Consensual predictions of potential distributional areas for invasive species: a case study of Argentine ants in the Iberian Peninsula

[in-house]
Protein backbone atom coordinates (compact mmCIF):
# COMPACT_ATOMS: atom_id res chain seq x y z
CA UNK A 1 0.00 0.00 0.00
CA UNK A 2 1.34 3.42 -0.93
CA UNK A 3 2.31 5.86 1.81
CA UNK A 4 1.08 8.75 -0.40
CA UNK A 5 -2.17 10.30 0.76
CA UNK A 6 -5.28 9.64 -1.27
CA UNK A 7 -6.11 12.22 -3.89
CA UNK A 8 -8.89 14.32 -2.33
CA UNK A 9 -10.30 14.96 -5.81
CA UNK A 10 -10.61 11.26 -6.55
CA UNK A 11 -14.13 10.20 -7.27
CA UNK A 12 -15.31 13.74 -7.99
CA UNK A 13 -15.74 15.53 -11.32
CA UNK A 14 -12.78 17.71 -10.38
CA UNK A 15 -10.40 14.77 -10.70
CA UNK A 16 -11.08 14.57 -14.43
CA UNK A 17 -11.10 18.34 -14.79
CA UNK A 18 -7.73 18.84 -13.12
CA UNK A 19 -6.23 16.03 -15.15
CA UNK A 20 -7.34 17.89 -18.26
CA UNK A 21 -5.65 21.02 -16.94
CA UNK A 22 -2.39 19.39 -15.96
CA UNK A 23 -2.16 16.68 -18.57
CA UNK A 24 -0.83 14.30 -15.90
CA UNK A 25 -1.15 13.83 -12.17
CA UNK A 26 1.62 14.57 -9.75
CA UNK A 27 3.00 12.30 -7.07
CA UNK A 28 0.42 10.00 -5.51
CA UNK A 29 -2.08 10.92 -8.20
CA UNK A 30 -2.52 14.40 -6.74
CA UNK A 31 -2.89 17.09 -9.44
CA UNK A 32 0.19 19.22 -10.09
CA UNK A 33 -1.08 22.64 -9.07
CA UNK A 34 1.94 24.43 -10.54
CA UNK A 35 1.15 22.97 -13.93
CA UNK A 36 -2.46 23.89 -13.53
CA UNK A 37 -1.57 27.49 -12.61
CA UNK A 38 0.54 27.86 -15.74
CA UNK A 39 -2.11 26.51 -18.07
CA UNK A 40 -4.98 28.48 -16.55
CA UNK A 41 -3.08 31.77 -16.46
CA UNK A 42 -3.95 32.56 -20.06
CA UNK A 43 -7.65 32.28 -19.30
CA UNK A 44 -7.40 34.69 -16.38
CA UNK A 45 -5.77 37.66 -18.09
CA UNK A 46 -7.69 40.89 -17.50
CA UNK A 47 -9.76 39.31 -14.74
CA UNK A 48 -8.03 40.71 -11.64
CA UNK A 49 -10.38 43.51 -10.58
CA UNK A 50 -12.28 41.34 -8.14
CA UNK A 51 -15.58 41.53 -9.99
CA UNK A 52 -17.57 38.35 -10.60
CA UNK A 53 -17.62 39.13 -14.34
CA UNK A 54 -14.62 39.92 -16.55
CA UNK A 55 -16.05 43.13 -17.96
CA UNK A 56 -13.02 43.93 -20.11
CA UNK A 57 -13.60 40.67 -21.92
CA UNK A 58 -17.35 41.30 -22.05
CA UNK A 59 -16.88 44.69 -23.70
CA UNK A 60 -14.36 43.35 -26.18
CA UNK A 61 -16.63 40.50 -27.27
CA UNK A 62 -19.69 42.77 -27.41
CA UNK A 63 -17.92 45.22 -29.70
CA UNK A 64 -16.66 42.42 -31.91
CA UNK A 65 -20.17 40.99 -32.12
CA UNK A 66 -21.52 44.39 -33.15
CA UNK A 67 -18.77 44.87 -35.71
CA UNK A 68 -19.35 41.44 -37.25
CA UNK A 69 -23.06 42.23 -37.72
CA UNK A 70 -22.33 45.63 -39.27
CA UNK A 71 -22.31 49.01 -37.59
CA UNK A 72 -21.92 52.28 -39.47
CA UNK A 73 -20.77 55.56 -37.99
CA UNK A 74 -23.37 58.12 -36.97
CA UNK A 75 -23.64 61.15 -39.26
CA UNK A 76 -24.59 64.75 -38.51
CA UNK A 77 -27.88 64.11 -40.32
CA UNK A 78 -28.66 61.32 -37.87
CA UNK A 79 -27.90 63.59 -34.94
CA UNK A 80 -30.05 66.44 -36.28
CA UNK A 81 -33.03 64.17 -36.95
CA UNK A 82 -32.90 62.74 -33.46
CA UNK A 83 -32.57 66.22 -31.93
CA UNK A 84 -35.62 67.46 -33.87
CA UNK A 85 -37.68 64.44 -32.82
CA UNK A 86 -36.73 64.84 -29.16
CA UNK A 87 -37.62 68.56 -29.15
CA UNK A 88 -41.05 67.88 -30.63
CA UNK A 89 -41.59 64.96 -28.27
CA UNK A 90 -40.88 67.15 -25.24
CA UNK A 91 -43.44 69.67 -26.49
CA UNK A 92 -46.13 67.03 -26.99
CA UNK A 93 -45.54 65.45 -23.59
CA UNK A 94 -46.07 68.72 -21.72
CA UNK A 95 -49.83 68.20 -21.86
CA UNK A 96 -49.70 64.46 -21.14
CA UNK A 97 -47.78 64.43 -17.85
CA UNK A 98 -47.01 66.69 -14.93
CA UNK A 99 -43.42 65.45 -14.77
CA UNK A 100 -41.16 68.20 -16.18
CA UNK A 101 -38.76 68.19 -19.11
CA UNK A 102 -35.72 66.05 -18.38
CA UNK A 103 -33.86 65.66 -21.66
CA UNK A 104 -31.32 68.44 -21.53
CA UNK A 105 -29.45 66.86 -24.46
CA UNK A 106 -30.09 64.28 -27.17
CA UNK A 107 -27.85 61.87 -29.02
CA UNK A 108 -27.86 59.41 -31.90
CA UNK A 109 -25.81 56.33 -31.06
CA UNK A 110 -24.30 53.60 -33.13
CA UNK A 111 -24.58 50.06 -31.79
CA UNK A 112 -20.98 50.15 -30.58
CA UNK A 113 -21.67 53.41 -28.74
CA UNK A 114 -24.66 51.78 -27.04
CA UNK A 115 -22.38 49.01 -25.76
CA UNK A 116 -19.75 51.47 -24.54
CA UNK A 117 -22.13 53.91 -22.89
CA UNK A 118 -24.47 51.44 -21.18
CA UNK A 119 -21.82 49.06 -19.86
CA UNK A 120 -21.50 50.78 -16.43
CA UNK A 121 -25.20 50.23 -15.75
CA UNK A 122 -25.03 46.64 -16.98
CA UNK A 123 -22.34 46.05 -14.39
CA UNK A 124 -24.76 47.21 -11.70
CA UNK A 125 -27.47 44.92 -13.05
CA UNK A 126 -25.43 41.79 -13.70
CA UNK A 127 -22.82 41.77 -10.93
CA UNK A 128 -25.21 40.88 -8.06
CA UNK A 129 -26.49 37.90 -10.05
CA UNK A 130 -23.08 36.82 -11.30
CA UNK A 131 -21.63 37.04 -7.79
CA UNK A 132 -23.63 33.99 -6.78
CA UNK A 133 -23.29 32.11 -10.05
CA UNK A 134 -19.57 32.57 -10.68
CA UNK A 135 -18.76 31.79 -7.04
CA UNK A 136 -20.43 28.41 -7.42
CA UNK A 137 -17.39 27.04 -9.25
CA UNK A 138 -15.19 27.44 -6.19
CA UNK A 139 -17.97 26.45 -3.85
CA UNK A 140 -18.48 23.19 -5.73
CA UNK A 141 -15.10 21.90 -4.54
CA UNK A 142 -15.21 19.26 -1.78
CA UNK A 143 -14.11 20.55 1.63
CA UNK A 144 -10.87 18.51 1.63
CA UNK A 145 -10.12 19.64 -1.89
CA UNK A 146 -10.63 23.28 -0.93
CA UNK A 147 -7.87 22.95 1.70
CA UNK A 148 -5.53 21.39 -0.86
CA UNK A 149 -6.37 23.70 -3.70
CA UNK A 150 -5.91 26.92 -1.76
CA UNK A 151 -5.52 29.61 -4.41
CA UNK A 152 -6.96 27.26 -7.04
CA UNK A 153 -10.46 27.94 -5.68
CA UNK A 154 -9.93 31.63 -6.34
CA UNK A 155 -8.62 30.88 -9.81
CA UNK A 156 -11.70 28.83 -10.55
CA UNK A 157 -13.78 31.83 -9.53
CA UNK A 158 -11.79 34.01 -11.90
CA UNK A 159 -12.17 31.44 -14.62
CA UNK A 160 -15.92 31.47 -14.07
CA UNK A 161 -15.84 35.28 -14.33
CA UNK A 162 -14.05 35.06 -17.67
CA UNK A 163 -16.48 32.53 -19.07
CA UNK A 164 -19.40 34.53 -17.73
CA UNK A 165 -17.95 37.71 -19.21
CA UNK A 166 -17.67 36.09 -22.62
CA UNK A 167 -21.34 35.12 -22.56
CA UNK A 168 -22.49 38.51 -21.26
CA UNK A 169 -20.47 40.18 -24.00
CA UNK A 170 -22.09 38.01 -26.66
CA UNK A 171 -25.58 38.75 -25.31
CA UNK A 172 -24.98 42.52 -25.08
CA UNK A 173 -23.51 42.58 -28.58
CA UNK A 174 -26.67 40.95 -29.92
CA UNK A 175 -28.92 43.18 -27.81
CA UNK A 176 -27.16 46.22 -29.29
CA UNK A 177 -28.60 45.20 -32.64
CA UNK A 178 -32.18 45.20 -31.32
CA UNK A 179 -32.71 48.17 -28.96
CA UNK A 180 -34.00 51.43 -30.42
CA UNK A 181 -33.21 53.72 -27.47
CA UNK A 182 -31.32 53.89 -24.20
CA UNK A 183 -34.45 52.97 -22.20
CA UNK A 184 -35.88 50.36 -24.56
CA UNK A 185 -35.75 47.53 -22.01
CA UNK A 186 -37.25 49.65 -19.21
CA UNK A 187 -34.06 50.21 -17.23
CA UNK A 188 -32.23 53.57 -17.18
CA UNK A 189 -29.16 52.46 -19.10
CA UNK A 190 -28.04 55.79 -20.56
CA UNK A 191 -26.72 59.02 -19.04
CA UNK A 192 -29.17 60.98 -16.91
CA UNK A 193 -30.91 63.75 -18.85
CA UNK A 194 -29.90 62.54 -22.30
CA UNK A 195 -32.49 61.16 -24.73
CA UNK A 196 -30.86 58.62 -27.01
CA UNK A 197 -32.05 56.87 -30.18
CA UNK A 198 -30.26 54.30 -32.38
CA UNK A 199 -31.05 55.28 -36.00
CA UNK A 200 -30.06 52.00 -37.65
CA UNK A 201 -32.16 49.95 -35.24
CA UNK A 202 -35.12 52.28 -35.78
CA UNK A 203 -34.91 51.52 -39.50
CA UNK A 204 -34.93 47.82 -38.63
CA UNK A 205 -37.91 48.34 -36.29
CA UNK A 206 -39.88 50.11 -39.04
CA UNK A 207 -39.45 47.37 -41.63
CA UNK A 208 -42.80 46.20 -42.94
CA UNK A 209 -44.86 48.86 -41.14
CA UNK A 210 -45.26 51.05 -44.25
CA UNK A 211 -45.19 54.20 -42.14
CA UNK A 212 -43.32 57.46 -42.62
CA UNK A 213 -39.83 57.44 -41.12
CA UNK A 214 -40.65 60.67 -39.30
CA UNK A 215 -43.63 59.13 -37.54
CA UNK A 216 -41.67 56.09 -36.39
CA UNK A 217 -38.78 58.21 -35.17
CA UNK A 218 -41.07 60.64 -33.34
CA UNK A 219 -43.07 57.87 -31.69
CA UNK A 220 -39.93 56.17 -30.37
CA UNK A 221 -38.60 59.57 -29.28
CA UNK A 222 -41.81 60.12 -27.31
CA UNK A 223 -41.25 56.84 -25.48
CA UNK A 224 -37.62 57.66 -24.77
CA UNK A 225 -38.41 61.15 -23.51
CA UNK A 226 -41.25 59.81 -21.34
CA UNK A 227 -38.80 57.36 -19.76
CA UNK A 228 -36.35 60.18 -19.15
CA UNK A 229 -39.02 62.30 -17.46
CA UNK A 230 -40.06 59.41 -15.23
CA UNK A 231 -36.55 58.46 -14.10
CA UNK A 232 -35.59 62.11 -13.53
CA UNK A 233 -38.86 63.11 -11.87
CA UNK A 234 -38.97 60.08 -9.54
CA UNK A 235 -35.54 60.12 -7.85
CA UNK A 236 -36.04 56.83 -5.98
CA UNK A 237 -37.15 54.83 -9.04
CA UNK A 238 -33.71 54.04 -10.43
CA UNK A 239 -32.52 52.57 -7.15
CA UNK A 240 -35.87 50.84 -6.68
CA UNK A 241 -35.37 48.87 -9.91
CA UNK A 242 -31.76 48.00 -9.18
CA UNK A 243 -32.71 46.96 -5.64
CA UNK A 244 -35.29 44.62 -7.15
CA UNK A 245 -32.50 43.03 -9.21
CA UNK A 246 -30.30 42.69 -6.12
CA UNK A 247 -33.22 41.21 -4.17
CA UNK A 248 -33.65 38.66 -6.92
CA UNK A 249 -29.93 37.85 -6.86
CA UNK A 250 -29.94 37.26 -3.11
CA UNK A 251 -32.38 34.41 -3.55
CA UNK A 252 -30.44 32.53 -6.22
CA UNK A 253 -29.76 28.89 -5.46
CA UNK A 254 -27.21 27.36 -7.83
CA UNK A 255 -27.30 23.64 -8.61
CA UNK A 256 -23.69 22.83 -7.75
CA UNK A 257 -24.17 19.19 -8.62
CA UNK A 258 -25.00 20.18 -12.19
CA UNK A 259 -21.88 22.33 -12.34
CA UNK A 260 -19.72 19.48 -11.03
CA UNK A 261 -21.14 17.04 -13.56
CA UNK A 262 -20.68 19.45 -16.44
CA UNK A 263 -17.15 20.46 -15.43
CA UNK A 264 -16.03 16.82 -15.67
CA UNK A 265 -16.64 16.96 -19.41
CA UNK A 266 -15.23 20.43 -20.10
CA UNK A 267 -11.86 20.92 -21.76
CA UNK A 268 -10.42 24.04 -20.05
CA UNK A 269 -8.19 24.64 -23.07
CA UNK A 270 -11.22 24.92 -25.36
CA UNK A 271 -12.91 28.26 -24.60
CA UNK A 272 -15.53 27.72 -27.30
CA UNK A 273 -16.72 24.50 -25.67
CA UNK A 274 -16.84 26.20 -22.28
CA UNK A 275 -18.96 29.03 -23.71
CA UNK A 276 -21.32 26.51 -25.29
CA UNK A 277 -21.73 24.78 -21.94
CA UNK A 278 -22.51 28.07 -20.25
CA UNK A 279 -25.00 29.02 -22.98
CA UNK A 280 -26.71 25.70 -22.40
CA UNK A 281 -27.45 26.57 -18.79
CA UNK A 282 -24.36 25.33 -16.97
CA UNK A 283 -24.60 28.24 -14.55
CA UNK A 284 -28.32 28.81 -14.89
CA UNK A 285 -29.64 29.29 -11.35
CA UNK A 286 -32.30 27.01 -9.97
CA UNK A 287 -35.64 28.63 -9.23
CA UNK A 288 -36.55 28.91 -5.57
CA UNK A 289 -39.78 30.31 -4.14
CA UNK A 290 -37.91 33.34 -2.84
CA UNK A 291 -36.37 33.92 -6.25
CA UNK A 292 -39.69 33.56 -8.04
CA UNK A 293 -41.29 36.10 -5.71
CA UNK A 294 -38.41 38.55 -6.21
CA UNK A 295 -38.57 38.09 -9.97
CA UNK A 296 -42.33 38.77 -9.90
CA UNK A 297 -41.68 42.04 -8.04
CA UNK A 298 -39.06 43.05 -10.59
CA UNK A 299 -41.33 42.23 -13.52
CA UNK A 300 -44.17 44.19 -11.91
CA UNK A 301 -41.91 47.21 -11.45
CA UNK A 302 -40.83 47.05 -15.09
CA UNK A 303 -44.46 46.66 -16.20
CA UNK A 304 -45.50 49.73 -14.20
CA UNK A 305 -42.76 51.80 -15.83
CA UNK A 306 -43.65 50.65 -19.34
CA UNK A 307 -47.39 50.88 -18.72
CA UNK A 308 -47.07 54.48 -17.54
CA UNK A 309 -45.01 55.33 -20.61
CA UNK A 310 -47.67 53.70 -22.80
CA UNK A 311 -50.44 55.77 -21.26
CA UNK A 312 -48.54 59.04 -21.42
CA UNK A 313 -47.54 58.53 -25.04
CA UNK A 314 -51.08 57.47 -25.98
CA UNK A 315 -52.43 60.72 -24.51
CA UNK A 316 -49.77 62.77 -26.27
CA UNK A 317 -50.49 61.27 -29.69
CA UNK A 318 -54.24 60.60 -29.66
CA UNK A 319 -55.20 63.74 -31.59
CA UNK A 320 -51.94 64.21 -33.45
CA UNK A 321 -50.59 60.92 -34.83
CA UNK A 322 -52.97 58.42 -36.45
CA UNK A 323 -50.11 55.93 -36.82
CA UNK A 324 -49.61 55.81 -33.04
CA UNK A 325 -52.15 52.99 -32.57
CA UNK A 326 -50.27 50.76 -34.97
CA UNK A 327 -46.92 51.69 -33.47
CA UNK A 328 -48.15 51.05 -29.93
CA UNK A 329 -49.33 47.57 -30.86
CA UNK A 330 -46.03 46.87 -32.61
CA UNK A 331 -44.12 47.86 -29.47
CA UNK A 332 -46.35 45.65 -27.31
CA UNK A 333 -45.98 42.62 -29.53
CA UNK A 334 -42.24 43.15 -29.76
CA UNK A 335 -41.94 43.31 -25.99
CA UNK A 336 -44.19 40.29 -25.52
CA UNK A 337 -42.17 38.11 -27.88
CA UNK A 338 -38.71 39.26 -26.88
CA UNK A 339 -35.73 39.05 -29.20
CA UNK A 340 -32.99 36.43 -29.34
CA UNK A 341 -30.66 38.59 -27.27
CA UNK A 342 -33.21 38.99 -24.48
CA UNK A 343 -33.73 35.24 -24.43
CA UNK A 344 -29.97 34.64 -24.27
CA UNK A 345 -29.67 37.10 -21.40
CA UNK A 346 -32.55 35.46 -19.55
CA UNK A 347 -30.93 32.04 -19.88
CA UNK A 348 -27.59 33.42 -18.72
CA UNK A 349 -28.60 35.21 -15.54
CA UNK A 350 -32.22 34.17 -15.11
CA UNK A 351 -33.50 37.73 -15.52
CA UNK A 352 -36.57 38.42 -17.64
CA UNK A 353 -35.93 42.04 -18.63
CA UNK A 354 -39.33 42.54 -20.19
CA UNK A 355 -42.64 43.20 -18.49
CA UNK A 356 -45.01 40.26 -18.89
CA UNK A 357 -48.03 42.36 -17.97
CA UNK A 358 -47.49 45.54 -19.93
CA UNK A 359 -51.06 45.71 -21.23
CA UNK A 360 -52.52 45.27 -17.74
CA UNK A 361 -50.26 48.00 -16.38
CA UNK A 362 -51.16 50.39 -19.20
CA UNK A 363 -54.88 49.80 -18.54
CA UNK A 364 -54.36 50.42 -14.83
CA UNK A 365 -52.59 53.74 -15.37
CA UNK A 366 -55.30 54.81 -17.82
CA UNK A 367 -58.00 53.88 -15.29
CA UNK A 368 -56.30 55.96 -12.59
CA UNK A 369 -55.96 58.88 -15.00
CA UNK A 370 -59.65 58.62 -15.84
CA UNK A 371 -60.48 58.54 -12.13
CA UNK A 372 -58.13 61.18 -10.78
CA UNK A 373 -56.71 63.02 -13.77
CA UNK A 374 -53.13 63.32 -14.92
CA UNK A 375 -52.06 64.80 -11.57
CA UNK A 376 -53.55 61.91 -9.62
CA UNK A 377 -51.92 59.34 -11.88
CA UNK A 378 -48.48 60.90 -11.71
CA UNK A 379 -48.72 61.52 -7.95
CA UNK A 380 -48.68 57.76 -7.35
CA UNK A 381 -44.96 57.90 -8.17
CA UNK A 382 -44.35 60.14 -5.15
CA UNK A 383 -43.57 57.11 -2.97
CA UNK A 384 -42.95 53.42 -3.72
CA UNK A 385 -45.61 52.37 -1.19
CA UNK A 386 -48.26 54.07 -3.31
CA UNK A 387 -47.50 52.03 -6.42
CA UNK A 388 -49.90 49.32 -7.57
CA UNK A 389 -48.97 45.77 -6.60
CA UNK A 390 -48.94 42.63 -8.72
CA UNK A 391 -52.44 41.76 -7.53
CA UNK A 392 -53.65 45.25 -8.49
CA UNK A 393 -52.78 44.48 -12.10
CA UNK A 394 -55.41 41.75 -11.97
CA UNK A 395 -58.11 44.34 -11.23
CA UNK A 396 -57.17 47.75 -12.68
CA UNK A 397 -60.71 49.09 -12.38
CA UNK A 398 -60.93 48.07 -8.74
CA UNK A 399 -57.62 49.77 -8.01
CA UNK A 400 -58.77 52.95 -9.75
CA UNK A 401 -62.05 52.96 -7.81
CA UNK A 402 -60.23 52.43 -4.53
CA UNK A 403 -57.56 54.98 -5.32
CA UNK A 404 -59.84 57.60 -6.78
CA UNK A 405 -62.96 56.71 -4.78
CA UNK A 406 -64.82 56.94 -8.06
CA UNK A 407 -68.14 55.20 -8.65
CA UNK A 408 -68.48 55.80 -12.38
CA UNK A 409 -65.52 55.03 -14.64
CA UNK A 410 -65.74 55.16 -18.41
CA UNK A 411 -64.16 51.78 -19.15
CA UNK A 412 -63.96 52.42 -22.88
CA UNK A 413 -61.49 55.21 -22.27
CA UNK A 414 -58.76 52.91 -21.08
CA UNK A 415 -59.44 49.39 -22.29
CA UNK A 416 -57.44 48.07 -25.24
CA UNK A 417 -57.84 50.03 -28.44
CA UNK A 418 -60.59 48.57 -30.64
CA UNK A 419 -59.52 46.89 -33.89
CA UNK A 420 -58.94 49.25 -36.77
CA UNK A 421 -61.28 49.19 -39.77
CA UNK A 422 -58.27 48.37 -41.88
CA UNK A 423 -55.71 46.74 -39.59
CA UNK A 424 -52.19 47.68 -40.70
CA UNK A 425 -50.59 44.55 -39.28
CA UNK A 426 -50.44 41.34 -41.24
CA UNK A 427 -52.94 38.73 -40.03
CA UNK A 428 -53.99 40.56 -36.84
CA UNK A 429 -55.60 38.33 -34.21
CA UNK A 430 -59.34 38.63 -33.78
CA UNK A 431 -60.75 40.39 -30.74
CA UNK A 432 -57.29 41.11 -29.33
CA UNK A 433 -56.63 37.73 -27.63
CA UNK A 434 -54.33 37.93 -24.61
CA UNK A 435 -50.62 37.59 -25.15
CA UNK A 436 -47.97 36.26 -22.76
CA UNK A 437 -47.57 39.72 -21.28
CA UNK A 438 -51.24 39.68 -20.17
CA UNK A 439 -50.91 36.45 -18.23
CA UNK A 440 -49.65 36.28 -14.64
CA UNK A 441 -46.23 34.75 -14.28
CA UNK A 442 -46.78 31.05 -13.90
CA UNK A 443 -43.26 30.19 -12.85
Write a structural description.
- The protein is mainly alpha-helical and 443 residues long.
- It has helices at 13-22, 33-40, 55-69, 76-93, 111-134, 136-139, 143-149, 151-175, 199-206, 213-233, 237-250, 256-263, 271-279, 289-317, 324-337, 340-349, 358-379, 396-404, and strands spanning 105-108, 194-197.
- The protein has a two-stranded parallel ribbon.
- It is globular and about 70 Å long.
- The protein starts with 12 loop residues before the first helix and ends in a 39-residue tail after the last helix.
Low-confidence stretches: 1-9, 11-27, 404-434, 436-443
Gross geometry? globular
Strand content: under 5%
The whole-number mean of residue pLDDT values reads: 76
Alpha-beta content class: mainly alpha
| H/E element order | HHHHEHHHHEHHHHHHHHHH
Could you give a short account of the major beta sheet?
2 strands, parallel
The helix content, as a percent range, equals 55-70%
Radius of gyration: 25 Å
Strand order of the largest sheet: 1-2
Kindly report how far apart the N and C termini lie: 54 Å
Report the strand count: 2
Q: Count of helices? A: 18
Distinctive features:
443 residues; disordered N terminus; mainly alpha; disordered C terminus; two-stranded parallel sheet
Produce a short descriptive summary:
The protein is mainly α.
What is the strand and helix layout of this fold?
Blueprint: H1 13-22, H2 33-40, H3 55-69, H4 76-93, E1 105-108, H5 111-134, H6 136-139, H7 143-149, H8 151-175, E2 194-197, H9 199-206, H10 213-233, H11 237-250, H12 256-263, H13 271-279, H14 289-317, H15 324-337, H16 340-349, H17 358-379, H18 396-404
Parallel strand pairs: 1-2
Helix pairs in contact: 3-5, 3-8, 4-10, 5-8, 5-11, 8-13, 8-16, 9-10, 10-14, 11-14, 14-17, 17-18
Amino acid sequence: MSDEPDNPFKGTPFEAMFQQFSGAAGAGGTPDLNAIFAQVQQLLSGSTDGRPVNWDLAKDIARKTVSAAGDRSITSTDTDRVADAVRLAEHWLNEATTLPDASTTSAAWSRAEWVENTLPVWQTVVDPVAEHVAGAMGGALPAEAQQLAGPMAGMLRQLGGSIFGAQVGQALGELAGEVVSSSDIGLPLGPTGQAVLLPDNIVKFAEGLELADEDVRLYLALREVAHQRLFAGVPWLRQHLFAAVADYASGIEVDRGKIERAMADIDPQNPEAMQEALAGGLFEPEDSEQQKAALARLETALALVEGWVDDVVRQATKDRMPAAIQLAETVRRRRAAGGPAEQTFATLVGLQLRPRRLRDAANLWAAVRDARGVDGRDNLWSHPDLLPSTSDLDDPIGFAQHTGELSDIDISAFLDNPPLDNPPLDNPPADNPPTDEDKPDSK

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Invasive species are known to influence the structure and function of invaded ecological communities, and preventive measures appear to be the most efficient means of controlling these effects. However, management of biological invasions requires use of adequate tools to understand and predict invasion patterns in recently introduced areas. The present study: (1) estimates the potential geographic distribution and ecological requirements of the Argentine ant (Linepithema humile Mayr), one of the most conspicuous invasive species throughout the world, in the Iberian Peninsula using ecological niche modeling, and (2) provides new insights into the process of selection of consensual areas among predictions from several modeling methodologies. Ecological niche models were developed using 5 modeling techniques: generalized linear models (GLM), generalized additive models (GAM), generalized boosted models (GBM), Genetic Algorithm for Rule-Set Prediction (GARP), and Maximum Entropy (Maxent). Models for the eastern and western portions of the Iberian Peninsula were built using subsets of occurrence and environmental data to investigate the potential for ecological niche differences between the invading populations. Our results indicate geographic differences between predictions of different approaches, and the utility of ensemble predictions in identifying areas of uncertainty regarding the species’ invasive potential. More generally, our models predict coastal areas and major river corridors as highly suitable for Argentine ants, and indicate that western and eastern Iberian Peninsula populations occupy similar environmental conditions.